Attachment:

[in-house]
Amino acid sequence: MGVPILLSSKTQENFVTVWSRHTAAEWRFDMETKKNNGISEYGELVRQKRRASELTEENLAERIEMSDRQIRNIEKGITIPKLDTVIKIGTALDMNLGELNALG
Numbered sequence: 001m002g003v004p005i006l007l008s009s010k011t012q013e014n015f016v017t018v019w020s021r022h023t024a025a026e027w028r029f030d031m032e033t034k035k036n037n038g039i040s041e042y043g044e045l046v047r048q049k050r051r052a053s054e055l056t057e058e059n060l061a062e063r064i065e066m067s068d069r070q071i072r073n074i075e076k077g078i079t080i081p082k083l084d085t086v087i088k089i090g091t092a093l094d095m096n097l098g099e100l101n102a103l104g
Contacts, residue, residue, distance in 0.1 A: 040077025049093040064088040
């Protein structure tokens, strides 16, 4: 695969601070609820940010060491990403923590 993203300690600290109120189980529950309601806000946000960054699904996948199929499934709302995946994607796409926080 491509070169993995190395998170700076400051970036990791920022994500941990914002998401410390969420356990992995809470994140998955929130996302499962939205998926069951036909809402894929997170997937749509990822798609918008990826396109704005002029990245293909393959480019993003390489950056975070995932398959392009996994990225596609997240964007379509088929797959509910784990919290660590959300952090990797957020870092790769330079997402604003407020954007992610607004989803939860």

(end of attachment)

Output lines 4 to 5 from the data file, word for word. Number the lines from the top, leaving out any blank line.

Contacts, residue, residue, distance in 0.1 A: 040077025049093040064088040
């Protein structure tokens, strides 16, 4: 695969601070609820940010060491990403923590 993203300690600290109120189980529950309601806000946000960054699904996948199929499934709302995946994607796409926080 491509070169993995190395998170700076400051970036990791920022994500941990914002998401410390969420356990992995809470994140998955929130996302499962939205998926069951036909809402894929997170997937749509990822798609918008990826396109704005002029990245293909393959480019993003390489950056975070995932398959392009996994990225596609997240964007379509088929797959509910784990919290660590959300952090990797957020870092790769330079997402604003407020954007992610607004989803939860």